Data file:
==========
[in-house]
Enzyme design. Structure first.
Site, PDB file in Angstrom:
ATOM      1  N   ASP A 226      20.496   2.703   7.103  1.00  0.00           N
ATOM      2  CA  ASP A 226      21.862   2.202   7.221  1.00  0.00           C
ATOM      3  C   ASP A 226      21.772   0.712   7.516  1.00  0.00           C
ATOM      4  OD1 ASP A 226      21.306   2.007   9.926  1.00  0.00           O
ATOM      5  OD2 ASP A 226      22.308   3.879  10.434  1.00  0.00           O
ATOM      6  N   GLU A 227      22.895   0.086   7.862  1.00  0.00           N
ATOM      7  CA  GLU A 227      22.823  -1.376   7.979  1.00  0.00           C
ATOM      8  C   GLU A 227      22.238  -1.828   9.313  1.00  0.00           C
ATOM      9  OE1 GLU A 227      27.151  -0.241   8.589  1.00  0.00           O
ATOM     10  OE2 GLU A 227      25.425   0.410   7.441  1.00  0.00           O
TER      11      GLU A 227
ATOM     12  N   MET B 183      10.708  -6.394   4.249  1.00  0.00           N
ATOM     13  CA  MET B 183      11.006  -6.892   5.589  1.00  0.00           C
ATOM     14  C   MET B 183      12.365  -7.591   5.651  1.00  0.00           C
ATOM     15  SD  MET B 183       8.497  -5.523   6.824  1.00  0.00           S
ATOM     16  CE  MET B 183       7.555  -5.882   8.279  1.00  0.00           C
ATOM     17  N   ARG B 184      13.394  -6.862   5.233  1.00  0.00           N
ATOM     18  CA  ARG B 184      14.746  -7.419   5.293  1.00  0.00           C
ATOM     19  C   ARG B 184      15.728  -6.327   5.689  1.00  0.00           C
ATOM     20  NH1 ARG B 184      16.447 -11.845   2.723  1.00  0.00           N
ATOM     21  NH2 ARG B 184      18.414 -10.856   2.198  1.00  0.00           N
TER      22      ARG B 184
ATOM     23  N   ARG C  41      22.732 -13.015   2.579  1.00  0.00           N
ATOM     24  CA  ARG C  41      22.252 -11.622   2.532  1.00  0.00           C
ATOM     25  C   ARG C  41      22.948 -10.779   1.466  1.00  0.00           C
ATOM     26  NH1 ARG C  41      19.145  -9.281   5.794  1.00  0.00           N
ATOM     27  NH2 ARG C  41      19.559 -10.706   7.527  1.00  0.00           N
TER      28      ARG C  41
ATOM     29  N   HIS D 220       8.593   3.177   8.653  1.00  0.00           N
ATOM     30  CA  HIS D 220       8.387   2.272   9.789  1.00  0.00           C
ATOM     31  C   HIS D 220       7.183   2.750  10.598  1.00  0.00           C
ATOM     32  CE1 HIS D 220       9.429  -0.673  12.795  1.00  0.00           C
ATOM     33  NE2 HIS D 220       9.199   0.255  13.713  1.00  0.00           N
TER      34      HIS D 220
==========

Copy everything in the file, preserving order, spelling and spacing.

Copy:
[in-house]
Enzyme design. Structure first.
Site, PDB file in Angstrom:
ATOM      1  N   ASP A 226      20.496   2.703   7.103  1.00  0.00           N
ATOM      2  CA  ASP A 226      21.862   2.202   7.221  1.00  0.00           C
ATOM      3  C   ASP A 226      21.772   0.712   7.516  1.00  0.00           C
ATOM      4  OD1 ASP A 226      21.306   2.007   9.926  1.00  0.00           O
ATOM      5  OD2 ASP A 226      22.308   3.879  10.434  1.00  0.00           O
ATOM      6  N   GLU A 227      22.895   0.086   7.862  1.00  0.00           N
ATOM      7  CA  GLU A 227      22.823  -1.376   7.979  1.00  0.00           C
ATOM      8  C   GLU A 227      22.238  -1.828   9.313  1.00  0.00           C
ATOM      9  OE1 GLU A 227      27.151  -0.241   8.589  1.00  0.00           O
ATOM     10  OE2 GLU A 227      25.425   0.410   7.441  1.00  0.00           O
TER      11      GLU A 227
ATOM     12  N   MET B 183      10.708  -6.394   4.249  1.00  0.00           N
ATOM     13  CA  MET B 183      11.006  -6.892   5.589  1.00  0.00           C
ATOM     14  C   MET B 183      12.365  -7.591   5.651  1.00  0.00           C
ATOM     15  SD  MET B 183       8.497  -5.523   6.824  1.00  0.00           S
ATOM     16  CE  MET B 183       7.555  -5.882   8.279  1.00  0.00           C
ATOM     17  N   ARG B 184      13.394  -6.862   5.233  1.00  0.00           N
ATOM     18  CA  ARG B 184      14.746  -7.419   5.293  1.00  0.00           C
ATOM     19  C   ARG B 184      15.728  -6.327   5.689  1.00  0.00           C
ATOM     20  NH1 ARG B 184      16.447 -11.845   2.723  1.00  0.00           N
ATOM     21  NH2 ARG B 184      18.414 -10.856   2.198  1.00  0.00           N
TER      22      ARG B 184
ATOM     23  N   ARG C  41      22.732 -13.015   2.579  1.00  0.00           N
ATOM     24  CA  ARG C  41      22.252 -11.622   2.532  1.00  0.00           C
ATOM     25  C   ARG C  41      22.948 -10.779   1.466  1.00  0.00           C
ATOM     26  NH1 ARG C  41      19.145  -9.281   5.794  1.00  0.00           N
ATOM     27  NH2 ARG C  41      19.559 -10.706   7.527  1.00  0.00           N
TER      28      ARG C  41
ATOM     29  N   HIS D 220       8.593   3.177   8.653  1.00  0.00           N
ATOM     30  CA  HIS D 220       8.387   2.272   9.789  1.00  0.00           C
ATOM     31  C   HIS D 220       7.183   2.750  10.598  1.00  0.00           C
ATOM     32  CE1 HIS D 220       9.429  -0.673  12.795  1.00  0.00           C
ATOM     33  NE2 HIS D 220       9.199   0.255  13.713  1.00  0.00           N
TER      34      HIS D 220